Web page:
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Small Ball or Big Ball? Take Your Pick

Play Small Ball to Manage the Size of the Pot, Big Ball to Build the Pot

Playing small ball simply means that unless you have the stone nuts, you don't create huge pots in no-limit hold'em. You want to win smaller pots and have them build up in your stack. That's small ball, and it's a viable approach. It's pretty much what you do in multi-day tournaments as a regular part of your play.

We've all played "small ball" to start off a tournament. However, in the early part of a tournament, I don't play small ball when I'm the raiser, like some of the other pros do. I also don't play as many pots in the first couple of days as a lot of players do. As the tournament progresses, I start playing more and more hands.

Playing Big Ball to Build a Pot

Most players raise three to four times the size of the blinds for their first raise. I raise five to six times the big blind, strictly because I don't play that many pots—but when I'm the initial raiser, I usually want to play a big pot. I think I have the best hand or I wouldn't be raising. I'm putting my money in with pretty strong hands early in the tournament. And of course, I start building a bigger pot by raising bigger before the flop. That way, I can bet more on the flop since there's more money in the pot. And more again on the turn and river. That's not small ball—that's big ball! The whole idea is that I can win five pots whereas you might have to win fifteen pots to accumulate the same amount of money that I win in five pots.

I like everybody thinking that I'm playing real tight, because I can take advantage of a lot of situations that way. When somebody describes my play as tight-aggressive, they're probably right. Actually, I am every type of player that you can think of at some time in a tournament. Solid or tight or aggressive or semi-aggressive or passive or just a regular player who plays in the middle of the stream—I play all those styles at some different point in the tournament. I don't want to get pigeonholed, to let anybody think that I just play one way and they can run over me, because they can't. Sure, there are times when I might play small ball, but that's not my usual style at all.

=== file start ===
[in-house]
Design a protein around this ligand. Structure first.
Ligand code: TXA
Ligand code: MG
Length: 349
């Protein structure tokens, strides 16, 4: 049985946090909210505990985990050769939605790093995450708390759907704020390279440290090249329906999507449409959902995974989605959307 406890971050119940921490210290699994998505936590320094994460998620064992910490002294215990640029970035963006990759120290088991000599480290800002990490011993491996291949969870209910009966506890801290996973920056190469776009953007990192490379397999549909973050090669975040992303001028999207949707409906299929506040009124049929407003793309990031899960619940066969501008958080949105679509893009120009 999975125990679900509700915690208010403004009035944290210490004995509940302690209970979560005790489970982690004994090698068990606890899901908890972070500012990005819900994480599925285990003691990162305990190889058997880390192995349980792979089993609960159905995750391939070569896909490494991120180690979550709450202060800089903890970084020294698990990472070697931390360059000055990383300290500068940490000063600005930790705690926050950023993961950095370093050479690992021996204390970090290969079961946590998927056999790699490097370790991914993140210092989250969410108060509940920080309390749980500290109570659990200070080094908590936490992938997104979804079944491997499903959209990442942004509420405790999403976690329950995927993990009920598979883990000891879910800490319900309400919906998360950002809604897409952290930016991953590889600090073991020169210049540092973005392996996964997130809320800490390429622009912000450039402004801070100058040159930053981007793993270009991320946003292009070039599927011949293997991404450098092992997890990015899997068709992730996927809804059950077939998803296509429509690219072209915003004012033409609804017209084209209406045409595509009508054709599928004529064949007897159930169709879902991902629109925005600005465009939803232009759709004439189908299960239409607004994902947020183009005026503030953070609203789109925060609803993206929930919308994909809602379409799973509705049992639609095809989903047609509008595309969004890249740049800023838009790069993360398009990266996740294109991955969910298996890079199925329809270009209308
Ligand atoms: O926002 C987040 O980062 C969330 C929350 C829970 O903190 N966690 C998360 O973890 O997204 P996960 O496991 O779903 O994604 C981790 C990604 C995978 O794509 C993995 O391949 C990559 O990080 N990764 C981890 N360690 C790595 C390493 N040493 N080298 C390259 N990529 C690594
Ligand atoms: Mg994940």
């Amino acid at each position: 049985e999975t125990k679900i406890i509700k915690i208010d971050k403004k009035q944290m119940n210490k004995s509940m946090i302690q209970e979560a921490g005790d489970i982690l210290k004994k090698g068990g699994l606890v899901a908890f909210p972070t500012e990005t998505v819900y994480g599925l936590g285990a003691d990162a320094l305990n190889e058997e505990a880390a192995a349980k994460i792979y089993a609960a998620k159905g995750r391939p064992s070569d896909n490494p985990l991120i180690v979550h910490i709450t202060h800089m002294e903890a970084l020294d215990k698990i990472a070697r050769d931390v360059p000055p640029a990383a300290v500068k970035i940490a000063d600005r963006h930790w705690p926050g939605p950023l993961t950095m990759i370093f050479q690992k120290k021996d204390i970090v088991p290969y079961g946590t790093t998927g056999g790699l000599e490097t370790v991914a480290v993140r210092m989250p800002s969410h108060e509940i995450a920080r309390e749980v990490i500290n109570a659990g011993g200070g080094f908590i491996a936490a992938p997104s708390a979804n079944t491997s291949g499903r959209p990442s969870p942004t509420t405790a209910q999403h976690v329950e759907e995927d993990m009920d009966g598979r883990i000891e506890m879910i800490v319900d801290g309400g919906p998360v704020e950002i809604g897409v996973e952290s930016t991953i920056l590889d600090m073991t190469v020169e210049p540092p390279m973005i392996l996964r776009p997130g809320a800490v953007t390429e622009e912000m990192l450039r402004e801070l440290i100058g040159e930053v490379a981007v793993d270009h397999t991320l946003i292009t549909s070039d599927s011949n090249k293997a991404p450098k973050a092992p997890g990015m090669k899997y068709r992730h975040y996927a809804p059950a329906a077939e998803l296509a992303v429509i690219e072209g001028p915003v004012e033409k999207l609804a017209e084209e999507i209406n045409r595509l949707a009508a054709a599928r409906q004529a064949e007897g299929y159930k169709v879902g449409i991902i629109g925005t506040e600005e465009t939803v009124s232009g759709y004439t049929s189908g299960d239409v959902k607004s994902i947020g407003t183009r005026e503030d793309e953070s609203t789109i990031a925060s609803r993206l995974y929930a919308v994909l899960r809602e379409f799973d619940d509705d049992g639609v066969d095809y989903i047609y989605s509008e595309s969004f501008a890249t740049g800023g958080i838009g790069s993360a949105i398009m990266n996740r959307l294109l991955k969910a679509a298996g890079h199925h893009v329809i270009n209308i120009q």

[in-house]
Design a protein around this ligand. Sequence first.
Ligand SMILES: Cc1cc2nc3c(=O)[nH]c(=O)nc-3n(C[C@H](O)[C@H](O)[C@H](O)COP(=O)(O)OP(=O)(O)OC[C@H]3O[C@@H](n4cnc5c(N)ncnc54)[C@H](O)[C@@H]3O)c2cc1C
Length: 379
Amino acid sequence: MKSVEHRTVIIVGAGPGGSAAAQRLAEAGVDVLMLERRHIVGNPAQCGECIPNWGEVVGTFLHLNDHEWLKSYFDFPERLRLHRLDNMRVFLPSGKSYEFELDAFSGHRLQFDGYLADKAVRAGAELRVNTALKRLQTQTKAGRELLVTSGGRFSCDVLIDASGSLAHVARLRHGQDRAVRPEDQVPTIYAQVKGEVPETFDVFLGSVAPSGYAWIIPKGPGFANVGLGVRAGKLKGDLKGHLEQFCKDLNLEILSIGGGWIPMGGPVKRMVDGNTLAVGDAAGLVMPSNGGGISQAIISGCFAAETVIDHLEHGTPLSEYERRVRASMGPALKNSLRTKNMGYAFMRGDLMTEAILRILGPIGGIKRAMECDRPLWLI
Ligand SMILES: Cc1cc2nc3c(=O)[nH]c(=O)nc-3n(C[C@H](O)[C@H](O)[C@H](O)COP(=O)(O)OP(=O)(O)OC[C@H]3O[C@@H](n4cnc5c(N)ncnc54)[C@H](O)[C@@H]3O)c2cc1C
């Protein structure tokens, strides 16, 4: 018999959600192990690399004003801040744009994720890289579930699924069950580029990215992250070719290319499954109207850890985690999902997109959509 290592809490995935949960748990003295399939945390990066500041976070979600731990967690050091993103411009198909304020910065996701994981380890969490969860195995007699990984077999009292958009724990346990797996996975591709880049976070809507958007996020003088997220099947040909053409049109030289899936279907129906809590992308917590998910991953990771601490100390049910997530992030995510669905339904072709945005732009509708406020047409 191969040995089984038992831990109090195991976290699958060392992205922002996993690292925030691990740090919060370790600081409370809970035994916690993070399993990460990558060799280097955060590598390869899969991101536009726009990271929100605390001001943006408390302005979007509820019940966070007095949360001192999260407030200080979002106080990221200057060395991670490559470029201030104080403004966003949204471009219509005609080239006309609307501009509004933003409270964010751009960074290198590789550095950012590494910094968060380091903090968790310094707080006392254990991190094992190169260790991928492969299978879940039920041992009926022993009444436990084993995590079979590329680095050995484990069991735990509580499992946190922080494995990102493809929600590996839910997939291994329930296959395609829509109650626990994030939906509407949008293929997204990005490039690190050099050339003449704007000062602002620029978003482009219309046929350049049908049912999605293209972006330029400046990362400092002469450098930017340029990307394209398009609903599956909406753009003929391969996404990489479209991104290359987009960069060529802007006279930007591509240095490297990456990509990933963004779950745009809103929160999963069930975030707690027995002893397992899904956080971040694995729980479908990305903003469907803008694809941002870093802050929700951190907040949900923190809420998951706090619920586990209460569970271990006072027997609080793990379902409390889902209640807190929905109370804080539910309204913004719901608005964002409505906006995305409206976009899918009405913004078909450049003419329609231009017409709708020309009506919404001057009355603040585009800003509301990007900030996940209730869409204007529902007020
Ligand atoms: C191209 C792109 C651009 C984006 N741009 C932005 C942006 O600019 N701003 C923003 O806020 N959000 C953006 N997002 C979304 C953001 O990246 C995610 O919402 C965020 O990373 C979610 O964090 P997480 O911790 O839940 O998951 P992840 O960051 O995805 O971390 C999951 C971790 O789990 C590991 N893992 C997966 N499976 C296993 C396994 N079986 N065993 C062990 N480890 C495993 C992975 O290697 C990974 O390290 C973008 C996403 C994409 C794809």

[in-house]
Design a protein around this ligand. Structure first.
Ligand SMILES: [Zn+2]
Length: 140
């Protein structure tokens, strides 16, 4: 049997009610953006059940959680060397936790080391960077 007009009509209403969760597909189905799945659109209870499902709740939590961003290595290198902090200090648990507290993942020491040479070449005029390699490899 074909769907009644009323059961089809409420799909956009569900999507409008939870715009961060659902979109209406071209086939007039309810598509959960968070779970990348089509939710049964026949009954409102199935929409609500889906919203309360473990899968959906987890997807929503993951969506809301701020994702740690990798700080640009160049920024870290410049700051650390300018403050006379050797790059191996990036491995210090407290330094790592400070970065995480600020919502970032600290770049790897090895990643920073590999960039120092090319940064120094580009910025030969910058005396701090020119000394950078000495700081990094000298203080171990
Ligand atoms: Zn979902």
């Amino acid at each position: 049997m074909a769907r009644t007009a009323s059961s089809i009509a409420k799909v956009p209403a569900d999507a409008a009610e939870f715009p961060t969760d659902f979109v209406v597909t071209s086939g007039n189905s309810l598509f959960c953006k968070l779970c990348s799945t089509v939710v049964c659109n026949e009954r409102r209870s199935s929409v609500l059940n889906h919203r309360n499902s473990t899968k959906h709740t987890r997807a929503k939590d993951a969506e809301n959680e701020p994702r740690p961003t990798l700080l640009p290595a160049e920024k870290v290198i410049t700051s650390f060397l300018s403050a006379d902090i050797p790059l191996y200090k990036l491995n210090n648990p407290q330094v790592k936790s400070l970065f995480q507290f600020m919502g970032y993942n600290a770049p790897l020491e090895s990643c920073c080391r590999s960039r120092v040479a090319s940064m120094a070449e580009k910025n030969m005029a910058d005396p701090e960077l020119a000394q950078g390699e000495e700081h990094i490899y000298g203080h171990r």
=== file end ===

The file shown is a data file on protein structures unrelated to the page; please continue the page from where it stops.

Daniel and Small Ball

Daniel Negreanu has written a lot about small ball. He plays those little connectors around the back, as long as nobody raises too much, and looks to hit one often enough to make the gamble worthwhile. Obviously, you don't want to play just one opponent with those hands too often; you want to play multiway pots. When he's hitting with some of those hands, Daniel will play anybody, he'll stand raises around back and come in with small pairs and little connectors.

If you're famous for doing that as a small ball player, a lot of people will recognize how you play, so they're not going to get crazy playing pots with you. Suppose you've called a raise from around back and the flop comes something like 4-7-8. People understand the small-ball approach these days, so when a small connecting flop comes out, they are far more likely to expect that someone is playing a 5-6, especially if that player is known for playing small ball. The point is that if you're alert and aware of who you're playing against, you can see the possibility that players like Daniel might've hit their hand. So, you have to slow down a little bit until he proves that he didn't hit it. (When Daniel plays those small hands, they're always connected, there's no air between them. They're not cards like 6-8 and they're definitely not 6-9.)